MetLife has launched a new voluntary life insurance product aimed at baby boomers nearing retirement.
The voluntary retiree life insurance product will use the group term life insurance model to offer valuable benefits for the age group, says MetLife vice president Stephen Pontecorvo.
The number of baby boomers expected to retire in the next 15 years creates a big need --employees with life insurance provided through the workplace will be looking for ways to extend that insurance into retirement," says Pontecorvo.
With three plan options for retirees and their spouses, initial amounts for coverage include up to $25,000 as guaranteed issue, and up to $75,000 and $150,000 in coverage. The retiree offering is separate from the life insurance product offered to current employees, which will limit rate impacts.
The global provider of insurance, annuities and employee benefit programs states it will help employers by providing full plan administration, including communications, managing retiree and spousal records, delivering beneficiary claim packages and managing billing.
Based on MetLifes 12th annual U.S. Employee Benefit Trends Study, overall satisfaction with workplace benefits has reached an all-time high. However, Pontecorvo highlights that its study found that three quarters of employees want a greater variety of benefits to choose from and 80% of those employees value benefits customized to their circumstances and age.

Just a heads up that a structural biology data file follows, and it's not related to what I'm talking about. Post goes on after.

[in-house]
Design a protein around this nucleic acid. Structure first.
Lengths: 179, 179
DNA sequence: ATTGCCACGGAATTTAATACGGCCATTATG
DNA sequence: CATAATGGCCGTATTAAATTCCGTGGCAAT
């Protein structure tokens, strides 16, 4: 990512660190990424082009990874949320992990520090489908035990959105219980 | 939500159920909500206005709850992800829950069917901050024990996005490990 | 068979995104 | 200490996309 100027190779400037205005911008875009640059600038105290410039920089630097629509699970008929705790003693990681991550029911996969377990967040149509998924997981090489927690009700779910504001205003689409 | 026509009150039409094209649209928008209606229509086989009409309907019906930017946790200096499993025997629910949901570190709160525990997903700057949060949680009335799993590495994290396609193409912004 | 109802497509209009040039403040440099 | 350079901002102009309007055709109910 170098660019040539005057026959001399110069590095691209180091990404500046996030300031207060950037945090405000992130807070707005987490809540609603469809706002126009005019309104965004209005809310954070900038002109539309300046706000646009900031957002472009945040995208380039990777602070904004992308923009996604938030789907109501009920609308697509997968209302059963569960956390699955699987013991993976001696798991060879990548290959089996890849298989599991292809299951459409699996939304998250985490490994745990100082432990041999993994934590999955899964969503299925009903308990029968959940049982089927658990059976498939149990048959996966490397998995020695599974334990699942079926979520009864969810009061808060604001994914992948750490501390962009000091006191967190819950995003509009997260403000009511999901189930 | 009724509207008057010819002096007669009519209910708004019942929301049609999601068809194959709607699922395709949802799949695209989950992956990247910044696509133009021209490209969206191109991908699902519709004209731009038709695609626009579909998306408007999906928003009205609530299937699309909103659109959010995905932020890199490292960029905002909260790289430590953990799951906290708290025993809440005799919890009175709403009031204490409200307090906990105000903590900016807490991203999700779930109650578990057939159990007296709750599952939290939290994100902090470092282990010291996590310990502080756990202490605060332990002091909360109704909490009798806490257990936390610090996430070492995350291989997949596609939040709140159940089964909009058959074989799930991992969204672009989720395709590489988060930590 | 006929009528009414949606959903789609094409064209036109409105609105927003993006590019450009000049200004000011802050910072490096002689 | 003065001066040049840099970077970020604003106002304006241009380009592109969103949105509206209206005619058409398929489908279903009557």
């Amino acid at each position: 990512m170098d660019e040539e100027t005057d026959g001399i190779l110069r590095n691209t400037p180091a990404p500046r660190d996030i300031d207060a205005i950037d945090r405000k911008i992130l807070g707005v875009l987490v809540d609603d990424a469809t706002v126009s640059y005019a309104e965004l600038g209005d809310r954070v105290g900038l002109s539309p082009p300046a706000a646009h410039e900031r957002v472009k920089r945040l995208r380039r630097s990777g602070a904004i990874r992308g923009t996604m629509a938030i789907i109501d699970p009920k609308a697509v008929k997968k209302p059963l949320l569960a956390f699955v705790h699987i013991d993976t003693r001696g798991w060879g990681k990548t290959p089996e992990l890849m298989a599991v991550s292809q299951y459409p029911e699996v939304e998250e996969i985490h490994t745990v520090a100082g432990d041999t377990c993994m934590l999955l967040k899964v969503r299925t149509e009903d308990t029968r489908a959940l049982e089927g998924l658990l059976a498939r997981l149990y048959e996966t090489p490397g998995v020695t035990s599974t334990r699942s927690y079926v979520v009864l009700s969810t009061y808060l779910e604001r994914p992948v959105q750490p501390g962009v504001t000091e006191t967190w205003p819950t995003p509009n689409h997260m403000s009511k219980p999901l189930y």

By providing voluntary retiree life insurance, our clients are able to give employees more benefit choices as they are entering retirement, he explains.
Crossing over into retirement is a topic that fosters malcontent among baby boomers, at least according to the Insured Retirement Institutes fourth annual retirement readiness report. Approximately 35% of the surveyed population said they were extremely or very confident they were doing a good job of preparing financially for retirement. And only one-third of respondents feel they will have enough money to live comfortably in retirement with their spouse.
Last month, the Employee Benefit Research Institutes 24th installment of its annual Retirement Confidence Survey said that approximately 18% are very confident and 37% are somewhat confident about their future financial needs.
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